Most sports media properties have sports betting affiliate programs in place (some have opted for brand partnership deals instead). But there are countless non-sports digital media assets that have yet to tap into the potentially lucrative revenue stream.
Savage Sports—the sports betting and online gambling media arm of Savage Ventures, a Nashville-based venture capital/operator hybrid—is working to change that. Using the capital at its disposal and its performance marketing expertise, the division is working to help sports-agnostic digital media entities capture sports betting and online gambling affiliate commissions. David VanEgmond (CEO, Bettor Capital) thinks the company’s pursuit of that market makes sense.
“Sports betting presents the largest emerging category opportunity for monetization in digital media,” he said, adding that the company’s “track record” (see: $50 million plus in revenue for its sportsbook partners) suggests it will be able to build robust affiliate programs for sports-adjacent digital media properties.
JWS’ Take: Non-sports media companies have been slow to pursue the sports betting affiliate opportunity because, as Zac Litwack (co-founder, Savage Ventures) explained, even if the outlet has the financial resources, the costs and difficulties associated with getting started could be a barrier. “[These companies lack] the knowledge, wherewithal and time to go get licensed in all of the states, to develop relationships [and negotiate favorable deals] with the sportsbooks and then start running promotions.”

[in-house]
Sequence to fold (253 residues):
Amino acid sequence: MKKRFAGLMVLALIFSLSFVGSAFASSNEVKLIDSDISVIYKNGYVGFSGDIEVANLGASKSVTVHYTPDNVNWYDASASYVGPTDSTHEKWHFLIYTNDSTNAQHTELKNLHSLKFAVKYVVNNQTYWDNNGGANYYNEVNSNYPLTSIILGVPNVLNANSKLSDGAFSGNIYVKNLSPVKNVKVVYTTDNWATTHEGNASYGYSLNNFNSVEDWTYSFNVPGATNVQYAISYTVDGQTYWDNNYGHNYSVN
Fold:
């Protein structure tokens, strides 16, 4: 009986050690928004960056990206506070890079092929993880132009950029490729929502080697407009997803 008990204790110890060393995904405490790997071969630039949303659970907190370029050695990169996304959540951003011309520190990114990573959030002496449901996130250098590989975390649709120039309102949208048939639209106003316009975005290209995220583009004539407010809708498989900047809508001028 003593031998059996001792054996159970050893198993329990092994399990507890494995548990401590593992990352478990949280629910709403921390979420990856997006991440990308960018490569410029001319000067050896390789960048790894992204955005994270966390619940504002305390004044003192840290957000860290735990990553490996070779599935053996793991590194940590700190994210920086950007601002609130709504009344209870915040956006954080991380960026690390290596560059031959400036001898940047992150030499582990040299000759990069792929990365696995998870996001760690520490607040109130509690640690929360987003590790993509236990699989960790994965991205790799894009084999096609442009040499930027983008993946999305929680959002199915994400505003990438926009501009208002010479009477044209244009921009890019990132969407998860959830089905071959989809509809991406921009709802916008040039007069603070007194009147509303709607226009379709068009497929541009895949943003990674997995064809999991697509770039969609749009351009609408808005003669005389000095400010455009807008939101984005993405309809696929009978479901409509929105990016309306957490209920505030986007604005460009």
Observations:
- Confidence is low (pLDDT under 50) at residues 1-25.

Savage Sports has positioned itself as a streamlined solution for digital media companies looking to enter the growing sports betting and online gaming category. It holds the marketing licenses needed to collect commissions in every legal North American market, has “relationships [in place] with all the major sportsbooks” and operates a team of “performance marketers and white-listed ad accounts, which run all the paid media through all of our media brands,” Litwack said. The conglomerate has a distribution network of 33 million fans.